We know there are tons of information about the tests and are super tired of them, as well as everything related to this virus.
However, we read this article about the subject, which we found very enlightening and well summarized.
Hoping not to bore you, here it is:
“Rapid tests for covid-19: what are the differences?
The so-called rapid tests for COVID-19 have joined those we have known since the first wave of the disease, who need special equipment and laboratories, which are:
- PCR (polymerase chain reaction) tests or molecular tests, which search for ribonucleic acid (RNA) in the SARS-CoV-2 virus genome and tell us, in an appropriate clinical and epidemiological context, if there is, at the time of carrying out the test, a SARS-CoV-2 infection;
- Serological tests, which look for antibodies to the virus, and tell us whether there was an exposure to SARS-CoV-2 that our immune system tried to fight by producing antibodies, whether or not we had symptoms of the disease.
What are rapid tests?
Rapid tests are those whose results are obtained in a short period, usually minutes, and which do not need to be processed in a laboratory with specific equipment. Sometimes they are even carried out on the spot where the sample is taken. The best-known rapid tests are home pregnancy tests.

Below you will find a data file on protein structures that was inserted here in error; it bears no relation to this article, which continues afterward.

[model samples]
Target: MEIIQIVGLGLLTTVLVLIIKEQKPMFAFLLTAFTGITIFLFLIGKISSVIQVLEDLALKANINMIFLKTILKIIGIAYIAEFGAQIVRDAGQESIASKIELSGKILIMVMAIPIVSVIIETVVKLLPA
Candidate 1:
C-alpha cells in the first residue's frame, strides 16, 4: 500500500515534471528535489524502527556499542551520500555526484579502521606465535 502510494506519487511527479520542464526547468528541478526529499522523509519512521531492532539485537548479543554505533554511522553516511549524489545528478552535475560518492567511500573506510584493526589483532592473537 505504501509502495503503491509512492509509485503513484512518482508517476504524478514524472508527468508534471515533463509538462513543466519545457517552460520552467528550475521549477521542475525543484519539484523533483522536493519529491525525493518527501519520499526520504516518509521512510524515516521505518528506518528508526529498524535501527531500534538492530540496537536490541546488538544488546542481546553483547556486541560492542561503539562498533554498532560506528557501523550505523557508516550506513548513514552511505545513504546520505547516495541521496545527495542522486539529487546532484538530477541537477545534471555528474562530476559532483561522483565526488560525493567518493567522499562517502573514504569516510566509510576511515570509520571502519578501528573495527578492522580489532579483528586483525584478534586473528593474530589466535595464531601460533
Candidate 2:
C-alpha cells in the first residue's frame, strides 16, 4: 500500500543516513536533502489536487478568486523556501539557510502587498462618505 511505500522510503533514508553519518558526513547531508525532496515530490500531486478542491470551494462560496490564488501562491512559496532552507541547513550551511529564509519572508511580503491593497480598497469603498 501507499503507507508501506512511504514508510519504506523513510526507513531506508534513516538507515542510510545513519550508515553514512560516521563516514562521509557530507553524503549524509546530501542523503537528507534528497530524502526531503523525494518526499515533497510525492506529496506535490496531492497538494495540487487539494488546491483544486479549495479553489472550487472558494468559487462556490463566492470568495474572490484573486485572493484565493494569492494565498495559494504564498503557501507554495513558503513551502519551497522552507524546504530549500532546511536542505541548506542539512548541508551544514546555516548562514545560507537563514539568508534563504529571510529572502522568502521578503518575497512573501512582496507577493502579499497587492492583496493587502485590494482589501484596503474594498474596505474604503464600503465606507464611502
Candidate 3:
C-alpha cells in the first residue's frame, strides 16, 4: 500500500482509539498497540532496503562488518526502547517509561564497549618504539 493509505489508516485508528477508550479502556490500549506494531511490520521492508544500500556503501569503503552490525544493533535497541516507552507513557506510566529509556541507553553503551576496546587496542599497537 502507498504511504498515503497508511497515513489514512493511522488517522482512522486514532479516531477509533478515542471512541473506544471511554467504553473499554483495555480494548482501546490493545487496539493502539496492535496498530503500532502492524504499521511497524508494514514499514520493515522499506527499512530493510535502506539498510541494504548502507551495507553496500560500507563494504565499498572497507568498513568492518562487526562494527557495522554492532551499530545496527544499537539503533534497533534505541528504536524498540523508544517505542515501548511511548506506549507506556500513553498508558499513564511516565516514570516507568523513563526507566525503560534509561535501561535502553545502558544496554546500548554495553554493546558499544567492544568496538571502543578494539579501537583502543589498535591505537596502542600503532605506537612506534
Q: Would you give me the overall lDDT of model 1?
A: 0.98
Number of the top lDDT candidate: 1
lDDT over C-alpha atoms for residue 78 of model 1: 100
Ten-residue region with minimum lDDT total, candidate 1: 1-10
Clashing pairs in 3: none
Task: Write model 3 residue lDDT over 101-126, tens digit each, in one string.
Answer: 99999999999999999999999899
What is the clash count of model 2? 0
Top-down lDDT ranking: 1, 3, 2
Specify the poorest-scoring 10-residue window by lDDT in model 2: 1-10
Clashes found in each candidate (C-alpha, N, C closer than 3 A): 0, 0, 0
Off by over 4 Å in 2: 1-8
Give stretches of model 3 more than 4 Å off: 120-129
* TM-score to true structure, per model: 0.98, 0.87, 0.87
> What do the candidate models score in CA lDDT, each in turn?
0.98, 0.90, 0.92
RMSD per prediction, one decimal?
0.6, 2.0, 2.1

Rapid tests for COVID-19:
- Rapid diagnostic tests, which aim to identify, in an appropriate clinical and epidemiological context, whether the virus is present in the organism when they are performed;
- Rapid antibody tests, which aim to identify whether there has been previous exposure to the virus and the body has developed antibodies.
This article is about the first ones mentioned above, that is, the rapid diagnostic tests.
The results of these tests interpreted in an appropriate clinical and epidemiological context, tell us if there is an active infection. They search for the presence of the virus, but do it differently from PCR tests:
- The rapid diagnostic tests for COVID-19 currently available for use on a large scale, screen for virus-specific proteins. These proteins on the surface of the virus are the viral antigen (which induces the immune response), so rapid tests are also known as antigen tests;
Tests that detect the SARS-CoV-2 antigen can even be performed at the same location where samples are taken and their results are available more quickly than PCR tests, which are performed in the laboratory and require special equipment.
The technology that rapid tests use and the fact that they do not require laboratory processing make them much cheaper than the PCR tests available today.
The samples for the rapid tests of COVID-19 are globally similar to those for the PCR tests: nasopharyngeal exudates obtained with a nasal and/or oral swab. (…)”
Excerpt of the article of Doctor Betânia Ferreira Internal Medicine, Hospital da Luz, on April 29, 2021
And, be careful with your nose 😉 #BeSafe